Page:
Conceptual engineering is thought to face an ‘implementation challenge’: the challenge of securing uptake of engineered concepts. But is the fact that implementation is challenging really a defect to be overcome? What kind of picture of political life would be implied by making engineering easy to implement? We contend that the ambition to obviate the implementation challenge goes against the very idea of liberal democratic politics. On the picture we draw, the implementation challenge can be overcome by institutionalizing control over conceptual uptake, and there are contexts—such as professions that depend on coordinated conceptual innovation—in which there are good reasons to institutionalize control in this fashion. But the liberal fear of this power to control conceptual uptake ending up in the wrong hands, combined with the democratic demand for freedom of thought as a precondition of genuine consent, yields a liberal democratic rationale for keeping implementation challenging.
In: Morality and Agency: Themes from Bernard Williams. Edited by András Szigeti and Matthew Talbert, 182–209. New York: Oxford University Press. 2022.
Far from being indiscriminately critical of the ideas he associated with the morality system, Bernard Williams offered vindicatory explanations of its crucial building blocks, such as the moral/non-moral distinction, the idea of obligation, the voluntary/involuntary distinction, and the practice of blame. The rationale for these concessive moves, I argue, is that understanding what these ideas do for us when they are not in the service of the system is just as important to leading us out of the system as the critique of that system. I then show how regarding the aspiration to shelter life from luck as the system’s organizing ambition explains why the system elaborates and combines these building blocks in the way it does. Finally, I argue that the ultimate problem with the resulting construction is its frictionless purity. It robs valuable concepts of their grip on the world we live in, and, by insisting on purity from contingency, threatens to issue in nihilism about value and scepticism about agency.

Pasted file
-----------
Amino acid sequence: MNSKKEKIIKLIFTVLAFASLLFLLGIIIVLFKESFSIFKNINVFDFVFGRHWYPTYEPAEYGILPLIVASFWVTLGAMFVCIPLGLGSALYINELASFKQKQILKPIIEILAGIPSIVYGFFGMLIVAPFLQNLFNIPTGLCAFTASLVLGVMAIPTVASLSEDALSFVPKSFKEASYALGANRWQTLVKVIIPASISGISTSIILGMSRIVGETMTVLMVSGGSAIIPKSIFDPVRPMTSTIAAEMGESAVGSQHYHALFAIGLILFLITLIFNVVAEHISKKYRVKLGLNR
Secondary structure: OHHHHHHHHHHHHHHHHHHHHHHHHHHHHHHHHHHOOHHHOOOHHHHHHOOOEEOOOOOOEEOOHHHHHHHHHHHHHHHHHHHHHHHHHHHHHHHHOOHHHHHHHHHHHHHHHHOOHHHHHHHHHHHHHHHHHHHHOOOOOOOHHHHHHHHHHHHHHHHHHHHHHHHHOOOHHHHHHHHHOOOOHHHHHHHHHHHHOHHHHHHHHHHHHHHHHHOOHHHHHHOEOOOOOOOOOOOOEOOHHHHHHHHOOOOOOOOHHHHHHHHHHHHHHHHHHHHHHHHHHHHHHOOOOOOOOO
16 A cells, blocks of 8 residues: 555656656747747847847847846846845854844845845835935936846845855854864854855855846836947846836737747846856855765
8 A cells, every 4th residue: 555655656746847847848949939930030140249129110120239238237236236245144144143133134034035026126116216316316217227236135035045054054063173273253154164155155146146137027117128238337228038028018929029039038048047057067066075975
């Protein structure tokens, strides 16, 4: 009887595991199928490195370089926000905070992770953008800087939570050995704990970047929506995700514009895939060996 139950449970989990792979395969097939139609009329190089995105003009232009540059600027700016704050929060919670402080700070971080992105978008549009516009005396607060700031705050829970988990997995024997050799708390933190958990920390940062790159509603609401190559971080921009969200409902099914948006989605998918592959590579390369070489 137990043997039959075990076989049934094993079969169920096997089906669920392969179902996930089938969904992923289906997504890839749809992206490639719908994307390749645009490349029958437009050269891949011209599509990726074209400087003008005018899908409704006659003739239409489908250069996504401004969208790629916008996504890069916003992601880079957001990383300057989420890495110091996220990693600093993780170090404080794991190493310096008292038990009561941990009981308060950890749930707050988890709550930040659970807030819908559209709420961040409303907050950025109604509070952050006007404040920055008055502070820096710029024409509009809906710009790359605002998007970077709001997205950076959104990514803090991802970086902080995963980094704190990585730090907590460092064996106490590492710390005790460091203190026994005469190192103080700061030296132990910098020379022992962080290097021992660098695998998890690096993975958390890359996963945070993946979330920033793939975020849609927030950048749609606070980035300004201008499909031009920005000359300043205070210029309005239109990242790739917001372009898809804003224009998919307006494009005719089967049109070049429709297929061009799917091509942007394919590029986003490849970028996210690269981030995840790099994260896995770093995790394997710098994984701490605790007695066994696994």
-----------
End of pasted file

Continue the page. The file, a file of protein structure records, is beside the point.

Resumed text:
Philosophical Studies 179 (5): 1591–1620. 2022.